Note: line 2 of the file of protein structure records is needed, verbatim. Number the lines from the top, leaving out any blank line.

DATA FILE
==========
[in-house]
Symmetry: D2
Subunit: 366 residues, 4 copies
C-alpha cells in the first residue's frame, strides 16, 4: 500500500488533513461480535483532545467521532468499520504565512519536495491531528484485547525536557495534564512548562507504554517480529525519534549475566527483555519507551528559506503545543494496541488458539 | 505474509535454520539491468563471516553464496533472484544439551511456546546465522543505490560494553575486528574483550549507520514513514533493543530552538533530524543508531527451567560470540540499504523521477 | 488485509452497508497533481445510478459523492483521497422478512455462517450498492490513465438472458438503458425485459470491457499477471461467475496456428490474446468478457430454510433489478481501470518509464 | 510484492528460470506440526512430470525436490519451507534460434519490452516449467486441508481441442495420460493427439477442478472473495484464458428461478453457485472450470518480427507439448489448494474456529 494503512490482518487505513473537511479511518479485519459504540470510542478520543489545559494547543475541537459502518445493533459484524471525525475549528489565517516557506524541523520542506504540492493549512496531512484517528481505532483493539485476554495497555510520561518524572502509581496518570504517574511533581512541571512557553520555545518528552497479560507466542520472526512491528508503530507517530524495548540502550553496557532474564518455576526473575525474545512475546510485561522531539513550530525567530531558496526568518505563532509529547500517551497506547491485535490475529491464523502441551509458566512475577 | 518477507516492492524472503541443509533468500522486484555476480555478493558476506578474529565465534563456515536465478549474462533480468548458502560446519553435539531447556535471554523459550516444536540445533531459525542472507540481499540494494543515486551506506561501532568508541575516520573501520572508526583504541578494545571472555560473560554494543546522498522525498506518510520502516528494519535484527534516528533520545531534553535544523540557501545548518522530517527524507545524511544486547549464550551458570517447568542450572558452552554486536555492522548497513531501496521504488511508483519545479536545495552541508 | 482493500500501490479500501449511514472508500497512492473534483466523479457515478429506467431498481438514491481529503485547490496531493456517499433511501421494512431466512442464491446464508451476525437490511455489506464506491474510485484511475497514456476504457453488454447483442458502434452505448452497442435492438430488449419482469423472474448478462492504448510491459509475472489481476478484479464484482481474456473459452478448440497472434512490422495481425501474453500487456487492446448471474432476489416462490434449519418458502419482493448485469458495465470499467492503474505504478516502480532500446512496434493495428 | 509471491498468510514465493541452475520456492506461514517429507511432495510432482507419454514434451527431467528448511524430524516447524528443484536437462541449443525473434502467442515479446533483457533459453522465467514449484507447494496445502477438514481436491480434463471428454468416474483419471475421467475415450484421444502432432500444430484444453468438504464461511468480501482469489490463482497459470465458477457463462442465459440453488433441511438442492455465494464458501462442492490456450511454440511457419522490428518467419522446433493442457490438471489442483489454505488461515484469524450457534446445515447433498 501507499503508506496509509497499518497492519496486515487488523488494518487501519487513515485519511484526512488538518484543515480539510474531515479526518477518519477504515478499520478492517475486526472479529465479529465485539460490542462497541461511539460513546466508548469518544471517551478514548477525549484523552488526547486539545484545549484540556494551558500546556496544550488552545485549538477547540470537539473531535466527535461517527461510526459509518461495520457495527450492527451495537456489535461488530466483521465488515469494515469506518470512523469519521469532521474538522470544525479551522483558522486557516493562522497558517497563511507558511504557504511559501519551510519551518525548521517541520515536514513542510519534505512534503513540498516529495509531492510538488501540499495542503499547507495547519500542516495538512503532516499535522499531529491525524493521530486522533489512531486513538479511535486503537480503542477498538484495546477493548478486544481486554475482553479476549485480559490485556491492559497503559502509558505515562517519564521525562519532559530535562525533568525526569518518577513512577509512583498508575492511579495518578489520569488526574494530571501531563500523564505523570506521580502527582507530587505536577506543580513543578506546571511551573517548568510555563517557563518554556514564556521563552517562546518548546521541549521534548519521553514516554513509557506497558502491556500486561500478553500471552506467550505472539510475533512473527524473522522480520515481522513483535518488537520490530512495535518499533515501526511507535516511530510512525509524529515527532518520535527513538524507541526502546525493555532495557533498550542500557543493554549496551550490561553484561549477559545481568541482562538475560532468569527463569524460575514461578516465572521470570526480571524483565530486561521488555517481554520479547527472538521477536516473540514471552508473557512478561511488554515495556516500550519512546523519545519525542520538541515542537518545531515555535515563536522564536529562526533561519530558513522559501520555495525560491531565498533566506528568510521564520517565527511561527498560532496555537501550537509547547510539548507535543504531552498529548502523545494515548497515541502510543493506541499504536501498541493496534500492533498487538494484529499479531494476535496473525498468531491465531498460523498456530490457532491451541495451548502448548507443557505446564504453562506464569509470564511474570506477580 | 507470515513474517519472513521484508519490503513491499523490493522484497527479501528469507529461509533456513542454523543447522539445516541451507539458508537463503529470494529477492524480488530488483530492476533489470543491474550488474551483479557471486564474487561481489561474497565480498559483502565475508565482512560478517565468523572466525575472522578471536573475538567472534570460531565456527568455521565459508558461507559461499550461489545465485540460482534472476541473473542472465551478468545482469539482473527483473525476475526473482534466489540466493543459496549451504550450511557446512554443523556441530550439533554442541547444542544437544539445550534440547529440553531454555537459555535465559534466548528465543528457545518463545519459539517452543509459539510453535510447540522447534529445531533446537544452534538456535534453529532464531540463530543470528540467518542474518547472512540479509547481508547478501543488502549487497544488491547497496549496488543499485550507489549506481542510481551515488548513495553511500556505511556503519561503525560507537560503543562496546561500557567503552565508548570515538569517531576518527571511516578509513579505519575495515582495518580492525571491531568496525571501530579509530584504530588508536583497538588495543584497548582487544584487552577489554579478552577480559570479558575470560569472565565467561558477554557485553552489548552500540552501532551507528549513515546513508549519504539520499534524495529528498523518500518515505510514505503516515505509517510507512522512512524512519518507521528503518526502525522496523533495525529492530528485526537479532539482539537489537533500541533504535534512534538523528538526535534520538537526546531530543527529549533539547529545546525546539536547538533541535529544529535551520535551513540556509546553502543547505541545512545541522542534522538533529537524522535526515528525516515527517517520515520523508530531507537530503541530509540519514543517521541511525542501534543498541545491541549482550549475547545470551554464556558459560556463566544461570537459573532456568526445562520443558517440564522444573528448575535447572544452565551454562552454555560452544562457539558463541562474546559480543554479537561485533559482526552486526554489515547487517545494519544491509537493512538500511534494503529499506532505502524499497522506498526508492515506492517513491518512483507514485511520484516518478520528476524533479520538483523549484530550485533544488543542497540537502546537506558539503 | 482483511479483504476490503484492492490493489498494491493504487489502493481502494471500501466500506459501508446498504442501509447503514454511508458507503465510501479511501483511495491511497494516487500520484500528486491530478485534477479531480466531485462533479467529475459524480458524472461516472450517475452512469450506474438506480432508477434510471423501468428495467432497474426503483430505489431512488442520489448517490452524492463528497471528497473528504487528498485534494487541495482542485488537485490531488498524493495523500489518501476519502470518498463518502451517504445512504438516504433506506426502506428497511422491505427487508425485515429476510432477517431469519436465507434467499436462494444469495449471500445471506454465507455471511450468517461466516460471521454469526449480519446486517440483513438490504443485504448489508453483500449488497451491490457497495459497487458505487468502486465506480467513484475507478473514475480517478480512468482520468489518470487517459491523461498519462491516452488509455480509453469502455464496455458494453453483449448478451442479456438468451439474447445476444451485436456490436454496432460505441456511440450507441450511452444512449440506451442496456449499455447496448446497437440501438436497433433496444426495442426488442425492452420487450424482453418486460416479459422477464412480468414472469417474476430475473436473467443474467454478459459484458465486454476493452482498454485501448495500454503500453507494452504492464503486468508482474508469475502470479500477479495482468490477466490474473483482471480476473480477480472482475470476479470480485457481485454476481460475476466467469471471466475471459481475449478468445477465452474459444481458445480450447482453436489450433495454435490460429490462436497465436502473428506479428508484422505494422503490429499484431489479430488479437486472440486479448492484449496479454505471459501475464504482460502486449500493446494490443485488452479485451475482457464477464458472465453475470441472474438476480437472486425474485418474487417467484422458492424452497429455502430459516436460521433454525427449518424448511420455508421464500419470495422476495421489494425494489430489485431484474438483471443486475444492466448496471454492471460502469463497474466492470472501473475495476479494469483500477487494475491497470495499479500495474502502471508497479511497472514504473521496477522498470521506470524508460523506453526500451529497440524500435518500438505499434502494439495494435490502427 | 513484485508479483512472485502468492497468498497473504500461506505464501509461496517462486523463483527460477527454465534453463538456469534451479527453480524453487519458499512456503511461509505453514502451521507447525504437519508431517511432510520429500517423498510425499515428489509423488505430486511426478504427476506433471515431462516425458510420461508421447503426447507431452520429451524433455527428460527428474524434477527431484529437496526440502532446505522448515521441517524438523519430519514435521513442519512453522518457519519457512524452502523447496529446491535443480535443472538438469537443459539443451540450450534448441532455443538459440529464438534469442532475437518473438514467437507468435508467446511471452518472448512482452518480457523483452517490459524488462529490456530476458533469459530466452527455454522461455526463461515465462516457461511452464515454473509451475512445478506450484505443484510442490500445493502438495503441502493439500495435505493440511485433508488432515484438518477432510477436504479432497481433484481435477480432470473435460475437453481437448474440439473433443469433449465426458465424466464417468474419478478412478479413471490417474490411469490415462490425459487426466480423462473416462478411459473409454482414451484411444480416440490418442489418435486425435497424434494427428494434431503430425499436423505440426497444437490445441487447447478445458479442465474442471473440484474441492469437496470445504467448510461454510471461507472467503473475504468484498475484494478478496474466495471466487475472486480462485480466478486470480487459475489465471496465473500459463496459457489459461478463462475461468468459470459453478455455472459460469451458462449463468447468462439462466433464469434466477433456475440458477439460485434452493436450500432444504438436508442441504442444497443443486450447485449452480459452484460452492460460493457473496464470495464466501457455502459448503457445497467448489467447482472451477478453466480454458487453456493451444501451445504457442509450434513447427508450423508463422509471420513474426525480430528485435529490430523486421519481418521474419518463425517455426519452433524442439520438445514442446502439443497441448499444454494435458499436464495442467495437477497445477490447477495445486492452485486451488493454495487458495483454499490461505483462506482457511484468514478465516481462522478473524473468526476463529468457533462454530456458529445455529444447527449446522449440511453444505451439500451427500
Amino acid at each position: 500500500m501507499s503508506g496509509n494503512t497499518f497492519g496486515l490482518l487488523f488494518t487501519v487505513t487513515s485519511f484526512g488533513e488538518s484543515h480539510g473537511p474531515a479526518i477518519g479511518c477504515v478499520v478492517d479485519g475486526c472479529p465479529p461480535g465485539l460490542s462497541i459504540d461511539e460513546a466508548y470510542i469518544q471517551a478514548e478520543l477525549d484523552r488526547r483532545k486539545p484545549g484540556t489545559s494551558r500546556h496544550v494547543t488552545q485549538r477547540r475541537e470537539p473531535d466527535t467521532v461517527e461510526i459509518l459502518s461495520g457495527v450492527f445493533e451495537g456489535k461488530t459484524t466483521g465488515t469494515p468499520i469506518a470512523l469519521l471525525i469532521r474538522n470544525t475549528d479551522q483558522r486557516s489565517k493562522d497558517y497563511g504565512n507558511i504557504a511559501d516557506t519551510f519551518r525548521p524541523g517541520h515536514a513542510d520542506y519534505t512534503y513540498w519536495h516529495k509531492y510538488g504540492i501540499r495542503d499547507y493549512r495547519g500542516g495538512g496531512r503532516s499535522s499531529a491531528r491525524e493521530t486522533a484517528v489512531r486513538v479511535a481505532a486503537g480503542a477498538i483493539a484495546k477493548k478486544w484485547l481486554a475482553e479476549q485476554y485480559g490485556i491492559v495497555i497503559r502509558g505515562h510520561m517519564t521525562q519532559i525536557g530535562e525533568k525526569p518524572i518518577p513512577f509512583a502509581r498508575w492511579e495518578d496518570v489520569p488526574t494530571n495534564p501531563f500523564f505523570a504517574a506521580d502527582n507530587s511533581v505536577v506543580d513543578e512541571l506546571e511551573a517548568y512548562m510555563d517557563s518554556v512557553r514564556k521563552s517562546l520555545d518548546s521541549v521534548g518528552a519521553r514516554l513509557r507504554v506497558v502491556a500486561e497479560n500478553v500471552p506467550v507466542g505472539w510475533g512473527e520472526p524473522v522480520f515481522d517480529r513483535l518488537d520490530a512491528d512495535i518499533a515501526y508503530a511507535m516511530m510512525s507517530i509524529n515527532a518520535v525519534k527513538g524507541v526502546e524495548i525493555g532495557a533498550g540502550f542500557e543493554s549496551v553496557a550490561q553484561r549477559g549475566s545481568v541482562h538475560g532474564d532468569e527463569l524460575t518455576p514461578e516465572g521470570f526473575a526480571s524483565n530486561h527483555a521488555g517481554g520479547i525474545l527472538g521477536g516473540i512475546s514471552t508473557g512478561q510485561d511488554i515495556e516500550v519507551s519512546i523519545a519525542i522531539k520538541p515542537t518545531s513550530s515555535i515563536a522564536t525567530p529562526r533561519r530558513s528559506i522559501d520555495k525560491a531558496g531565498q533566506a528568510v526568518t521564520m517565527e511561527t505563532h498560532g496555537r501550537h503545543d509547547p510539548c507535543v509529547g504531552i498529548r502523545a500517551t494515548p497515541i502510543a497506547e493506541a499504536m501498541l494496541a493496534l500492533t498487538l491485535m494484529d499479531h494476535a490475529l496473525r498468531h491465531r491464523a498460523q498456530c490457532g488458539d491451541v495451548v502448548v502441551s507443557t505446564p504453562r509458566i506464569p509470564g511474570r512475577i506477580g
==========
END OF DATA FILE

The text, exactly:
Symmetry: D2